Lactose & Galactose

Lactose and galactose are both carbohydrates -- more specifically, they're sugars. Galactose is actually a chemical component of lactose, and lactose is milk sugar that you take in whenever you consume dairy. Your digestive tract breaks down lactose into its components, including galactose, and you use these to provide energy to your cells.


Galactose Defined

Galactose is a monosaccharide, meaning single sugar unit, with the chemical formula C6H12O6. This chemical composition is identical to that of the more common monosaccharide glucose, and though glucose and galactose don't have identical chemical structures, they're quite similar. Like glucose, galactose has a sweet taste, and you can use it to provide your cells with energy by burning it metabolically.

Lactose Defined

Lactose is a disaccharide, meaning it's made up of two smaller monosaccharide units. Specifically, lactose consists of a glucose chemically bonded to a galactose, giving it the overall chemical formula C12H22O11. There are two hydrogen atoms and two oxygen atoms missing in the formula of lactose relative to the additive formulas of glucose and galactose; this is because when glucose bonds to galactose, the molecules lose a unit of water, with the formula H2O. When you consume lactose, you break it down into glucose and galactose.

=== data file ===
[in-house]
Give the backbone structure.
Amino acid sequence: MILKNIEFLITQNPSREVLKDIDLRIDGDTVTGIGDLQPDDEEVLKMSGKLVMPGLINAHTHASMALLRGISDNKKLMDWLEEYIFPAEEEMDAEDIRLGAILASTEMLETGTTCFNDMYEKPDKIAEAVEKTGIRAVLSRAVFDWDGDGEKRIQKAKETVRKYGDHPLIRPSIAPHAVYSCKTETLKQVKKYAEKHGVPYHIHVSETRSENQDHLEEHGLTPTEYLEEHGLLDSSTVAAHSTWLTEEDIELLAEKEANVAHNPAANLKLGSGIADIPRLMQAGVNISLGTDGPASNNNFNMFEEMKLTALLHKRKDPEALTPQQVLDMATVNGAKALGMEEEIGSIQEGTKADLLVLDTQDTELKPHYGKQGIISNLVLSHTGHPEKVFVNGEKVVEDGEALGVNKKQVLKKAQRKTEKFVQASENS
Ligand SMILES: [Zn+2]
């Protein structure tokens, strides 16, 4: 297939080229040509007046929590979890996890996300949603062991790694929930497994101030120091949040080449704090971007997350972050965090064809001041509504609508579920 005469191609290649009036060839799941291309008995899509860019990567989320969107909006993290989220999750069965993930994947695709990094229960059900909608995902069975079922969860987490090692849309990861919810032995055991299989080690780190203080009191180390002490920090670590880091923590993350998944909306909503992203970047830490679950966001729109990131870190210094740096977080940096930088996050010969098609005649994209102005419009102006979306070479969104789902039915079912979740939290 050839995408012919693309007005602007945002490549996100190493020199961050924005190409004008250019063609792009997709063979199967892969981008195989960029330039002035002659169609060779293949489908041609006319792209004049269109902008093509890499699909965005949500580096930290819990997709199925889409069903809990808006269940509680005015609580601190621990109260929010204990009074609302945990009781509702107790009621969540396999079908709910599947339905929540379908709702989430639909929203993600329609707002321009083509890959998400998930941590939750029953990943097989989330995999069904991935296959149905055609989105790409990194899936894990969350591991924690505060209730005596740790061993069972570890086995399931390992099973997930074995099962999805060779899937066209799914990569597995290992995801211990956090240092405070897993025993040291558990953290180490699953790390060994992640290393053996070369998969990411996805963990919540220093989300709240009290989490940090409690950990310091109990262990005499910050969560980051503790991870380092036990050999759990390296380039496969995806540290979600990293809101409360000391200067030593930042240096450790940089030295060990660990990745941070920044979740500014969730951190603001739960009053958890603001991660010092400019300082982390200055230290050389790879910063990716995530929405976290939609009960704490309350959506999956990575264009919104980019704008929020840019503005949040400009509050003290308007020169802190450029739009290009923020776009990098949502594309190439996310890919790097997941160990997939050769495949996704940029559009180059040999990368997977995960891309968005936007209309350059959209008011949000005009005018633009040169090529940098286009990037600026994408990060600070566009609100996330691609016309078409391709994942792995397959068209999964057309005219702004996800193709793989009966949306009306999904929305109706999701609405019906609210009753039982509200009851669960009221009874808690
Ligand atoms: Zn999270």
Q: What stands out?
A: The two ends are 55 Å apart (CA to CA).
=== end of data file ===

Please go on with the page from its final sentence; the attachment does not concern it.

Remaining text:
Cellular Use

Both lactose and galactose are sources of energy for your cells. You can absorb galactose directly, without having to digest it, because your digestive tract can take up monosaccharides. You have to digest lactose into glucose and galactose using the digestive enzyme lactase before you can absorb the monosaccharide units. Once in the bloodstream, glucose and galactose then enter the cells, where they're burned through very similar processes to yield energy, or they are stored in the form of the carbohydrate glycogen or as body fat.

Lactose Intolerance

Some individuals are lactose intolerant, meaning they don't produce lactase enzyme. These individuals experience bloating and cramping upon consumption of lactose. Lactose-free milks and other dairy products are pretreated with lactase, which breaks lactose in the dairy into glucose and galactose. Even if you're lactose intolerant, you can absorb and use glucose and galactose without any trouble. Lactose-free milk is somewhat sweeter than regular milk as a result of the lactose breakdown.

  • “Biochemistry”; Mary Campbell, Ph.D. and Shawn Farrell, Ph.D.; 2005
  • “Biochemistry”; Reginald Garrett, Ph.D. and Charles Grisham, Ph.D.; 2007

Photo Credits:

  • Container of milk. Plastic milk bottle image by L. Shat from

This article reflects the views of the writer and does not necessarily reflect the views of Jillian Michaels or